Talks between Ryanair Holdings and striking Irish pilots are set to resume Friday as the sides seek to reach an agreement that could hold the key to resolving a wider European dispute over pay and contracts.
A fourth round of negotiations should start at 10:30 a.m., according to the Forsa union, which ended the last session in the early hours of Thursday morning after more than 12 hours of deliberations.
The discussions, mediated by labor relations veteran Kieran Mulvey, represent the best chance yet of halting walkouts that have weighed on Ryanair earnings and disrupted travel for thousands of people. While the strike spans Europe, a breakthrough in Ireland is seen as key to resolving the clash, since it was staff there who initiated a push for unionization and better employment terms.
Mulvey, a former chairman of the Irish Workplace Relations Commission, has asked the two sides to refrain from public comment, according to Forsa. Ryanair declined to comment.
“We are watching what is happening in Ireland and we are listening,” Martin Lindgren, chairman of the Swedish Air Line Pilots Association, said by phone. “The demands are not that different at all. All Ryanair employees want the same thing – normal things that employees have.”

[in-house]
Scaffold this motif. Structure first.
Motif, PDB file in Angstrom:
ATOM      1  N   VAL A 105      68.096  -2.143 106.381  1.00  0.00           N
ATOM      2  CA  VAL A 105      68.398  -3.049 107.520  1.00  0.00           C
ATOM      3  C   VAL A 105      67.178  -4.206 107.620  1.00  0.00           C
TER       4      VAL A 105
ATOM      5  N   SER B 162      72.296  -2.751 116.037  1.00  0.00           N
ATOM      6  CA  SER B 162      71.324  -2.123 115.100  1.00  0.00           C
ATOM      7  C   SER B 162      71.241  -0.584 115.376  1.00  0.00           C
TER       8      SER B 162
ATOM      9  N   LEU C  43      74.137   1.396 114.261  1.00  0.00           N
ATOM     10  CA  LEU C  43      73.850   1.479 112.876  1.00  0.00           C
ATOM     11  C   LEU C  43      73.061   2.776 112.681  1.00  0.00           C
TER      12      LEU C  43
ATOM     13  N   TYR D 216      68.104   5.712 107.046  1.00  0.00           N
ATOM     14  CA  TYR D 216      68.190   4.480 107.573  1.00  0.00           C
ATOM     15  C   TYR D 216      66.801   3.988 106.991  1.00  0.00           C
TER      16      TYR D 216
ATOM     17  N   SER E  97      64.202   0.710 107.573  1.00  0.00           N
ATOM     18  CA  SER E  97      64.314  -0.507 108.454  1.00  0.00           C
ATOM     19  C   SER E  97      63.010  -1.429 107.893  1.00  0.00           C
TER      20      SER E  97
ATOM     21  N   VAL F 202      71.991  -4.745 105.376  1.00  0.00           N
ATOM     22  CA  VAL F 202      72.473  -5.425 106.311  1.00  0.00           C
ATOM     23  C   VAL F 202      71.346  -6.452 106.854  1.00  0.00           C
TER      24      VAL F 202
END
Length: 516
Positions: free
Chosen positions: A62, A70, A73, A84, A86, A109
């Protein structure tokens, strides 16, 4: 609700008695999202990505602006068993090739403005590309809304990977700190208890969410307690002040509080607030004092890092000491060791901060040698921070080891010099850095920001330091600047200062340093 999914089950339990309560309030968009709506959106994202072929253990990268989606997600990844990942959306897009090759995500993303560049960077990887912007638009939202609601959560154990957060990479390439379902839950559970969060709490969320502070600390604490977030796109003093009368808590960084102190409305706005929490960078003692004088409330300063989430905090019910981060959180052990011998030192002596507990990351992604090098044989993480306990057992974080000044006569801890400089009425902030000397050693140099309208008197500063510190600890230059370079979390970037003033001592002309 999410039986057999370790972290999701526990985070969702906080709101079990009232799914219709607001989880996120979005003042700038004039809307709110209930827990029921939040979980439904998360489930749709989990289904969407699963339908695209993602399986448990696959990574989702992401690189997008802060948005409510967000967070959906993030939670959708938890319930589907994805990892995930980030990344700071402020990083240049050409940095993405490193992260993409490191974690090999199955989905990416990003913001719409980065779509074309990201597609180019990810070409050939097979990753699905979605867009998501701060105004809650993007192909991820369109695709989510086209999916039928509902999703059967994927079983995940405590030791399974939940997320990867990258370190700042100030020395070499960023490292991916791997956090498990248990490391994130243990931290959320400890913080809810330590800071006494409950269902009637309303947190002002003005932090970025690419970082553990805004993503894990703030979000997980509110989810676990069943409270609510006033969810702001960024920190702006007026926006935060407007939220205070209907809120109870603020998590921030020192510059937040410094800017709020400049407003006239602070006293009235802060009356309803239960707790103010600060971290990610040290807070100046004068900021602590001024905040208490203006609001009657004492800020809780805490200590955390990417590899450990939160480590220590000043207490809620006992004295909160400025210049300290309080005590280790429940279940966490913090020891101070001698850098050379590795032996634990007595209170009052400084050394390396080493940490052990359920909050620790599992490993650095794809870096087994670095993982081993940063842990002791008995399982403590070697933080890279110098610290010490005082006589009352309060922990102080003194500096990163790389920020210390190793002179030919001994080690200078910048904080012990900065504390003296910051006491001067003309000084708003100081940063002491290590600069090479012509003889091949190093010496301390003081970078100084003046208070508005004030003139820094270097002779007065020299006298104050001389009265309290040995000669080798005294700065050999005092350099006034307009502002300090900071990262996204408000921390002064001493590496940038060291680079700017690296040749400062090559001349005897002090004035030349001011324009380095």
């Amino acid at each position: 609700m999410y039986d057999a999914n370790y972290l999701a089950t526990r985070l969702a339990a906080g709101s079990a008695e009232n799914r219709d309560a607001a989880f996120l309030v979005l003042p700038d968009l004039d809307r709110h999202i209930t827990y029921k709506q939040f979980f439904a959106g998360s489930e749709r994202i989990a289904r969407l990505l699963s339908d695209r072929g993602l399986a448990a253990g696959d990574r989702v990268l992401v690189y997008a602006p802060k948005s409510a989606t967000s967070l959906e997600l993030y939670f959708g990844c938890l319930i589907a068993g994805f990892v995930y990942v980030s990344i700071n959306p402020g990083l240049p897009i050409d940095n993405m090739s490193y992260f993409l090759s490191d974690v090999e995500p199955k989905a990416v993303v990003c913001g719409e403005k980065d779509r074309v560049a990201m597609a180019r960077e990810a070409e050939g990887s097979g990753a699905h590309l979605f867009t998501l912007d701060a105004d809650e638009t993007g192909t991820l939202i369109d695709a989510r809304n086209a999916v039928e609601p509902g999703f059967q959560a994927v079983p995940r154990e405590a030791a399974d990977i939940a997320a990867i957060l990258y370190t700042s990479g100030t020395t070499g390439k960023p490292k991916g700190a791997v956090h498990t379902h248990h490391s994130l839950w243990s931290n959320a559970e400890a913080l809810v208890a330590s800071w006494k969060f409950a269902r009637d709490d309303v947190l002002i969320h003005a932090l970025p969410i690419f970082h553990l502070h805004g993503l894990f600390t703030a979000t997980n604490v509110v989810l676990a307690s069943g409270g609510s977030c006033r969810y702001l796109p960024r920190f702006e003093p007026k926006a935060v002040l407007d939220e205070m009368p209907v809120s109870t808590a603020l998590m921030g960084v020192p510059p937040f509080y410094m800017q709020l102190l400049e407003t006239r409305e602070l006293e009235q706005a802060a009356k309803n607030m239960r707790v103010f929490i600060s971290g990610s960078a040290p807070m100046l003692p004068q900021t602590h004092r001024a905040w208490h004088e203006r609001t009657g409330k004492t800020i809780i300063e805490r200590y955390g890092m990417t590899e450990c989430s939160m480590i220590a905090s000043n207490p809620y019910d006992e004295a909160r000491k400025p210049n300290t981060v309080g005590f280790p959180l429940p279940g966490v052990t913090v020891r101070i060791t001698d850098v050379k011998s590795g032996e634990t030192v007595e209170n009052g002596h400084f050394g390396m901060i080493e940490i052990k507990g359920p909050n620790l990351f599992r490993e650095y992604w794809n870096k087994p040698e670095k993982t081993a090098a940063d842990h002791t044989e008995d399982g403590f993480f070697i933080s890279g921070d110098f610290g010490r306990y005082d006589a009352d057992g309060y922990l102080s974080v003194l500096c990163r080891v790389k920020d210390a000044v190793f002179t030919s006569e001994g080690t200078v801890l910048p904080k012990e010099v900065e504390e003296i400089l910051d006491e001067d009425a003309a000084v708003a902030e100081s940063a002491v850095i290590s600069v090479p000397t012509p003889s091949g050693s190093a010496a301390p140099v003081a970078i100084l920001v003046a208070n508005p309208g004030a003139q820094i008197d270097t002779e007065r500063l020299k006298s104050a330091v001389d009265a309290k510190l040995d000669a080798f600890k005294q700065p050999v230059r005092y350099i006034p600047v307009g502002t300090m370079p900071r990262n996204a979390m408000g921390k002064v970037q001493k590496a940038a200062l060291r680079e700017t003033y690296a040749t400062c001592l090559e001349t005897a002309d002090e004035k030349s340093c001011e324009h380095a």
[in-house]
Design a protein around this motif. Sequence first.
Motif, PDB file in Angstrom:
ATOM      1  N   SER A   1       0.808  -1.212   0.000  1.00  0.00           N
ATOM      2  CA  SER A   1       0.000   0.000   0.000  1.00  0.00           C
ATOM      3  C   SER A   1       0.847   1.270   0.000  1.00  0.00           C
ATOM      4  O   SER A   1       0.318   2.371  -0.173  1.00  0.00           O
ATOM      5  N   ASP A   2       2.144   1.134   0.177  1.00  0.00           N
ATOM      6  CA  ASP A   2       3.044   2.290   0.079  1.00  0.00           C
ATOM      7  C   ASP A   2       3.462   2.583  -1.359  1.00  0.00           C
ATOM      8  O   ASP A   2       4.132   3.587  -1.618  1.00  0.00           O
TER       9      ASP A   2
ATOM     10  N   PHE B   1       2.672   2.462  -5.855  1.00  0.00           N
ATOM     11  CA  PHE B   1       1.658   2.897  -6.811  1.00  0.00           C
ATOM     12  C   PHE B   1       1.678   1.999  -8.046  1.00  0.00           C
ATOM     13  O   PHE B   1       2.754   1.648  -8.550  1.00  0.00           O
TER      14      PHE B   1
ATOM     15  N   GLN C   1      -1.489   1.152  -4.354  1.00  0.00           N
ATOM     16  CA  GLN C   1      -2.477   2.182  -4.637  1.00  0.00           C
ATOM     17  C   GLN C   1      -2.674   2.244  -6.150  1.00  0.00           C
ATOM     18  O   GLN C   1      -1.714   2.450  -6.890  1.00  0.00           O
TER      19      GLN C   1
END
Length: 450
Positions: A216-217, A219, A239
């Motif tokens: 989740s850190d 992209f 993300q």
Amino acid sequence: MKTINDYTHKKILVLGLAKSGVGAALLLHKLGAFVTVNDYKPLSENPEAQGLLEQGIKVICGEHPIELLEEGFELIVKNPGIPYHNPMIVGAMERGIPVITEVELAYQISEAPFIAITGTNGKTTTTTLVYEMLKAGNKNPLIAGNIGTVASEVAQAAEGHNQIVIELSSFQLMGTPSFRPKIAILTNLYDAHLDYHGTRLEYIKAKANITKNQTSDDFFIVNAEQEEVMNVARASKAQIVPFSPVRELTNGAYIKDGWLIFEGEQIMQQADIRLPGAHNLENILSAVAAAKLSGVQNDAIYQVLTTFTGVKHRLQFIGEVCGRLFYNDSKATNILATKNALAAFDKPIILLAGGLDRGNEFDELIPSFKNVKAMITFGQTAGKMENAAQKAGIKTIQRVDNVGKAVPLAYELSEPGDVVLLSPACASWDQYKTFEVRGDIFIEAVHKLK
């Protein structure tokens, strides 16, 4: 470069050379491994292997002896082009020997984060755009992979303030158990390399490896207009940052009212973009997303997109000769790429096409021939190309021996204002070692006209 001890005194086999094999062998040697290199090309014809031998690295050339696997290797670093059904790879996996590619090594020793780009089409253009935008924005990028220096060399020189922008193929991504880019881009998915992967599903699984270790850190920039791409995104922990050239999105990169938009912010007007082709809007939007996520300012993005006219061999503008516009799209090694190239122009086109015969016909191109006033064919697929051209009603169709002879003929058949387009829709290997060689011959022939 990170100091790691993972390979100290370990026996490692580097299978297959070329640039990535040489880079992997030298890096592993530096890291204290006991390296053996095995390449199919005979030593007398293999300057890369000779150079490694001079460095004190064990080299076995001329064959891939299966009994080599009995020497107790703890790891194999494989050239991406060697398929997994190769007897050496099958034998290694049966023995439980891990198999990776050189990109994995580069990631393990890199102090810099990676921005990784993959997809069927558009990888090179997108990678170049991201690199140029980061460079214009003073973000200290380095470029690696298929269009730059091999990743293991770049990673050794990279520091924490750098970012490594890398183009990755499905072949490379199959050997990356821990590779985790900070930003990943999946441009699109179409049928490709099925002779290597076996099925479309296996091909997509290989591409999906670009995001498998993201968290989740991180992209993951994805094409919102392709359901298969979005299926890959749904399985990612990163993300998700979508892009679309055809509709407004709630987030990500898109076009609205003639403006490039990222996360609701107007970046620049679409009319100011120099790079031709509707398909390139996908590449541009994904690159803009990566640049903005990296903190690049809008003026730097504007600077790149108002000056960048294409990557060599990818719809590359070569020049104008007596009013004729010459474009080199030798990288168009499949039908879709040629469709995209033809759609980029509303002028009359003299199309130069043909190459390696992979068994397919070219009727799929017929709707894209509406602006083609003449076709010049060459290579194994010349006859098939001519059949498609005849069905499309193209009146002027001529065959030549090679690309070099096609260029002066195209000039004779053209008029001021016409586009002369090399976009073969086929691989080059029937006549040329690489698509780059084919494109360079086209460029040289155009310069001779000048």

Peter Bellew, Ryanair’s chief operations officer, said on Aug. 8 that negotiations with Irish pilots have proved particularly tough, with unions declining to talk for extended periods. Mediation may not be required in locations such as Germany, where the Vereinigung Cockpit labor group has already engaged in more detailed talks, he said.
This week’s Irish discussions marked the first time the sides had met for 24 days, according to Forsa, which has said there are no further plans for strikes right now. In addition to Forsa officials, the talks included Ryanair management, pilots from the carrier who are members of the Irish Airline Pilots’ Association, and Patricia King, general secretary of the Irish Congress of Trade Unions.
The meetings followed the latest strike on Friday, which was the fifth by Ryanair’s Irish pilots and also involved cockpit crew from Germany, Belgium, Sweden and the Netherlands. The walkout was the most damaging to date, causing the scrapping of more than 400 flights affecting upwards of 55,000 people, though Ryanair says the majority were rebooked on other services.
The unionization campaign was triggered when a rostering foul-up in Ireland left Ryanair short-staffed and forced the cancellation of 20,000 flights, giving workers leverage they’d never had in the carrier’s three-decade history. Chief Executive Officer Michael O’Leary says he won’t accept terms that jeopardize the low cost base that’s made his company so dominant in short-haul flying.